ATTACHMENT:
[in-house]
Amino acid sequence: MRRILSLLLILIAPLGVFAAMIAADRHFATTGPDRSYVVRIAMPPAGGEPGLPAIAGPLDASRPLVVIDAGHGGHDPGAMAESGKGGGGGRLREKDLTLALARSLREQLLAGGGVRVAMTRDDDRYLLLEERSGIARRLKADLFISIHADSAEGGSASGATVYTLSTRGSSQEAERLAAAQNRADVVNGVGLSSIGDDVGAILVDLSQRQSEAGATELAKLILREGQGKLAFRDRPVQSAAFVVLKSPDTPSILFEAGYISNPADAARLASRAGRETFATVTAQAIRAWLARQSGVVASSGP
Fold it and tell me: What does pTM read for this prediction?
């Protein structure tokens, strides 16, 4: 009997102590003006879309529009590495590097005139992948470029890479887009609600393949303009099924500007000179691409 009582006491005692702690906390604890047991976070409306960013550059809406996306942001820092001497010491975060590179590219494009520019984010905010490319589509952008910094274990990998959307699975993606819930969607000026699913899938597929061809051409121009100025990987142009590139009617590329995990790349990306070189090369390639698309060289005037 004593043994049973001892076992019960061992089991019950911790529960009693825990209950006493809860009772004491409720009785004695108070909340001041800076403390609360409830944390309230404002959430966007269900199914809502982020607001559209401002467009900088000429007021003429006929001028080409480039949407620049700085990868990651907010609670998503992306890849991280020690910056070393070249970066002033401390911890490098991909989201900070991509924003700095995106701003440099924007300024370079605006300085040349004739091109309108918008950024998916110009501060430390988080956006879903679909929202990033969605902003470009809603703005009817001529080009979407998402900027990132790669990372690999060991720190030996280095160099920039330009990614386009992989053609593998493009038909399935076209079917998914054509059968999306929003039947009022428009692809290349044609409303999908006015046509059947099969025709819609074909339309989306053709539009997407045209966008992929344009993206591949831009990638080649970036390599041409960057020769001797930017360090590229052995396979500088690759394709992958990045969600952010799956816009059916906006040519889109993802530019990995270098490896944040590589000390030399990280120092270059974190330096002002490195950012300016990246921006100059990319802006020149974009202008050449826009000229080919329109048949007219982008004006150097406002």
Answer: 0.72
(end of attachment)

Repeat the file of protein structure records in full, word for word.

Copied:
[in-house]
Amino acid sequence: MRRILSLLLILIAPLGVFAAMIAADRHFATTGPDRSYVVRIAMPPAGGEPGLPAIAGPLDASRPLVVIDAGHGGHDPGAMAESGKGGGGGRLREKDLTLALARSLREQLLAGGGVRVAMTRDDDRYLLLEERSGIARRLKADLFISIHADSAEGGSASGATVYTLSTRGSSQEAERLAAAQNRADVVNGVGLSSIGDDVGAILVDLSQRQSEAGATELAKLILREGQGKLAFRDRPVQSAAFVVLKSPDTPSILFEAGYISNPADAARLASRAGRETFATVTAQAIRAWLARQSGVVASSGP
Fold it and tell me: What does pTM read for this prediction?
């Protein structure tokens, strides 16, 4: 009997102590003006879309529009590495590097005139992948470029890479887009609600393949303009099924500007000179691409 009582006491005692702690906390604890047991976070409306960013550059809406996306942001820092001497010491975060590179590219494009520019984010905010490319589509952008910094274990990998959307699975993606819930969607000026699913899938597929061809051409121009100025990987142009590139009617590329995990790349990306070189090369390639698309060289005037 004593043994049973001892076992019960061992089991019950911790529960009693825990209950006493809860009772004491409720009785004695108070909340001041800076403390609360409830944390309230404002959430966007269900199914809502982020607001559209401002467009900088000429007021003429006929001028080409480039949407620049700085990868990651907010609670998503992306890849991280020690910056070393070249970066002033401390911890490098991909989201900070991509924003700095995106701003440099924007300024370079605006300085040349004739091109309108918008950024998916110009501060430390988080956006879903679909929202990033969605902003470009809603703005009817001529080009979407998402900027990132790669990372690999060991720190030996280095160099920039330009990614386009992989053609593998493009038909399935076209079917998914054509059968999306929003039947009022428009692809290349044609409303999908006015046509059947099969025709819609074909339309989306053709539009997407045209966008992929344009993206591949831009990638080649970036390599041409960057020769001797930017360090590229052995396979500088690759394709992958990045969600952010799956816009059916906006040519889109993802530019990995270098490896944040590589000390030399990280120092270059974190330096002002490195950012300016990246921006100059990319802006020149974009202008050449826009000229080919329109048949007219982008004006150097406002």
Answer: 0.72